NEW YORK -- It was one of the nation's deadliest construction crane accidents: A 200-foot-tall rig crashed down on a dense city block, killing seven people, leaving a gash of destruction near the United Nations and raising questions about the safety of the steel spindles that build skyscrapers.
The man prosecutors accuse of causing it, rigging contractor William Rapetti, is poised to go to trial in the March 2008 disaster, which fueled tighter scrutiny of cranes in New York and elsewhere.
Prosecutors say Rapetti recklessly did a slipshod job of securing the rig while it was being extended upward. His lawyer says Rapetti followed common industry practices, and says other factors could have felled the crane. He has suggested some responsibility may lie with a crane operator who was killed in the collapse, infuriating the operator's family.
Jury selection in the manslaughter case is set to start June 21.
For John Gallego, the trial could mean reliving the roughly four hours he spent trapped in rubble after the crane crushed his apartment building and killed a friend visiting him.
"I try to forget, but honestly, it's impossible," said Gallego, 33, a former clothing vendor who walks with a cane after multiple surgeries on his legs. "As soon as I wake up in the morning, and I feel my legs ... everything comes to me.
"I just hope they do what they need to do for this not to happen again."
The 150-ton crane was building a condominium tower, one of many projects relying on similar rigs in the thick of a New York building boom. Some of the East 51st Street project's neighbors had voiced concerns about the crane swaying or whether it was properly affixed to the tower. But it passed multiple inspections, including one on March 14, 2008.
The next day, as the crane was being lengthened, it tore away from the building and toppled like a tree, scattering pieces as far as a block away.
Six construction workers and Gallego's friend were killed; two dozen others were hurt. Gallego's four-story building was demolished, and several others in the midtown residential neighborhood were damaged.
Prosecutors, city building officials and the Occupational Safety and Health Administration pegged the collapse on the failure of four polyester straps that Rapetti and his crew used to hold up a 6-ton steel collar, helping to connect the crane to the building's 18 stories.
Rapetti used four straps when the crane's manufacturer called for eight, didn't take precautions to keep them from fraying as they were pulled against the crane's metal edges, and used a strap that was badly worn, prosecutors said.
The straps snapped, and the collar plummeted into other collar assemblies farther down the crane, breaking a crucial anchor to the building, the investigations found.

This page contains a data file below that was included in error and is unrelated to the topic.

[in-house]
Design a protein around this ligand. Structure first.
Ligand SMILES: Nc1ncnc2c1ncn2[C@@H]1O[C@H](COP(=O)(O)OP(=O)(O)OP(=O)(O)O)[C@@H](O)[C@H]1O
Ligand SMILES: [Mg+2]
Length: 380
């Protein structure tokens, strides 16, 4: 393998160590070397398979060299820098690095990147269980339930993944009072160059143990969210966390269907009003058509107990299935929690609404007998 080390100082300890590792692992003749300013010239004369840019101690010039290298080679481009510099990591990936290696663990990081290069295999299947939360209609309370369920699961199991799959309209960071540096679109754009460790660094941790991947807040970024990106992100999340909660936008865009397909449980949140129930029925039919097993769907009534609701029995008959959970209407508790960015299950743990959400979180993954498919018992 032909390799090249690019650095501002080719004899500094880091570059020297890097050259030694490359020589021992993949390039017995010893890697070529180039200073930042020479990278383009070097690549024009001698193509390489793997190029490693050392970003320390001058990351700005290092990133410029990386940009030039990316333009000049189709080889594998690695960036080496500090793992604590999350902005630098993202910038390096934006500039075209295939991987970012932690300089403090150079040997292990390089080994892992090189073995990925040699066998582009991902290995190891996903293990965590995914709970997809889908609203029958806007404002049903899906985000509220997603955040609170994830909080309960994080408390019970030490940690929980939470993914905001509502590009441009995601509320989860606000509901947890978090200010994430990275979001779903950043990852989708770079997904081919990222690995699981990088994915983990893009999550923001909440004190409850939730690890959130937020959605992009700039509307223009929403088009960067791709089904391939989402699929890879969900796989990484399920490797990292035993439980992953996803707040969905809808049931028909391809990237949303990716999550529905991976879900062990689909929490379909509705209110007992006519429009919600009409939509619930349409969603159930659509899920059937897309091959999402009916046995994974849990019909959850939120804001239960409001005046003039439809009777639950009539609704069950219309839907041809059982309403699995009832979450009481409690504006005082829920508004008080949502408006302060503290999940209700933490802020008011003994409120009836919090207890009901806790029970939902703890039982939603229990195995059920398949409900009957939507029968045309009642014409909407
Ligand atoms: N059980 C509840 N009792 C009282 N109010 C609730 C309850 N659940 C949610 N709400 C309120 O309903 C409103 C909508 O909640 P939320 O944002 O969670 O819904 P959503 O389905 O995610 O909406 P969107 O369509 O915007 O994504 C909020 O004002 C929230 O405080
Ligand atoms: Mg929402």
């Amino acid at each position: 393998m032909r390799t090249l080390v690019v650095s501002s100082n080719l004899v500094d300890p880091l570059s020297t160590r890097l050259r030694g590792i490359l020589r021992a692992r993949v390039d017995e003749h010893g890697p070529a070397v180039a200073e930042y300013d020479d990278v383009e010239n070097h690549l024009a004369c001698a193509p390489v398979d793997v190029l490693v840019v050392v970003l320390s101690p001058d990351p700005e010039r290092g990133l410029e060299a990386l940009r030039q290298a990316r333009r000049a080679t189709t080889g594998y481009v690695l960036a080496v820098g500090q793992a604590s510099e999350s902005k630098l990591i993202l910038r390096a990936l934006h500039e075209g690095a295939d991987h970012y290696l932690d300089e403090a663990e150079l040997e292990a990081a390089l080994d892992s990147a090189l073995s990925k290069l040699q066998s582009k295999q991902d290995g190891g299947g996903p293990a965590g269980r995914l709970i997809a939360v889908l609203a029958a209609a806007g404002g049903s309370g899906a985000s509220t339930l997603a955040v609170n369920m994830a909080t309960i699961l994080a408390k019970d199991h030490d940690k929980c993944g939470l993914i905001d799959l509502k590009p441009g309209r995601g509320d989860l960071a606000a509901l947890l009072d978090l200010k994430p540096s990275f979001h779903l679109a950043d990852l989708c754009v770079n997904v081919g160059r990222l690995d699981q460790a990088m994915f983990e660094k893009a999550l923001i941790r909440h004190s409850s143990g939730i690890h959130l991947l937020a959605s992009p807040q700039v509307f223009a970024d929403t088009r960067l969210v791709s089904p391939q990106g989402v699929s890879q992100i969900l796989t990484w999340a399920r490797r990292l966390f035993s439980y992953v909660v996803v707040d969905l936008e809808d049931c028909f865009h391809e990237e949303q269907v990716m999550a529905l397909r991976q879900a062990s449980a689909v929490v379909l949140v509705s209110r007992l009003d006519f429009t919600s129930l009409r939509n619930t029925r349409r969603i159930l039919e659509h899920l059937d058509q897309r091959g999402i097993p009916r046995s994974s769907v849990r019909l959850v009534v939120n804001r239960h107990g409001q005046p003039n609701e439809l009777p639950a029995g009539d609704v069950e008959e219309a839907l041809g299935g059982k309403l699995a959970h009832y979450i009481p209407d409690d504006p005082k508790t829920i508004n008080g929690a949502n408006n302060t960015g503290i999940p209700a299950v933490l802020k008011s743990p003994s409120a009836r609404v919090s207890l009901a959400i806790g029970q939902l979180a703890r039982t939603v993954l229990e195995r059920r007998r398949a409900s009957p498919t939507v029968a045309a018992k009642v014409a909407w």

"There was no doubt that (Rapetti) created a situation rife with the reasonably foreseeable risk of death," Manhattan Assistant District Attorney Sean Sullivan wrote in court papers.
Rapetti's lawyer, Arthur Aidala, said the rigger was scrupulously careful about a job that put him in danger himself. Rapetti was standing on a beam that was about to be connected to the 18th-floor collar when the crane fell; he dove to safety in the building but was seriously hurt, Aidala said.
Rapetti followed common industry procedures, which diverged from manufacturers' guidelines, Aidala said. He also is challenging the findings that the straps failed and caused the crash.
"It's our position that nobody knows why the crane went down," Aidala said Friday. He said he may present multiple potential explanations for the disaster, including an argument that crane operator Wayne Bleidner moved the rig in a way that destabilized it.
A lawyer for the veteran crane operator's widow, Denise, called that suggestion a desperate and offensive tactic.
"Instead of Rapetti stepping up and taking responsibility for what multiple agencies and multiple independent parties have determined to be his fault, he now, in the most cowardly way, is going to blame the victim," said the lawyer, Howard S. Hershenhorn. Denise Bleidner is suing Rapetti's company and others, as is Gallego.
While about 60 to 80 people die in crane-related incidents nationwide in an average year, according to OSHA figures, the March 2008 collapse -- and a second New York crane collapse that killed two people two months later -- spurred concern about cranes far beyond the city. Dallas officials promptly checked the 23 cranes working there after the March accident and found more than one-third had uncertified operators.
In New York, the fallout included the resignation of the city's top building official, criminal charges against a city inspector accused of lying about having examined the crane 11 days before it fell, and a roster of new crane safety efforts.
They include hiring more inspectors, expanding training requirements and inspection checklists and banning the use of nylon straps unless a crane manufacturer recommends them. City Buildings Department spokesman Tony Sclafani said the city is planning more improvements, including finding ways to keep track of cranes' history as they move around the country.
As a start, Chicago, New York and Philadelphia officials began sharing information last year on some of the cranes at work in their cities.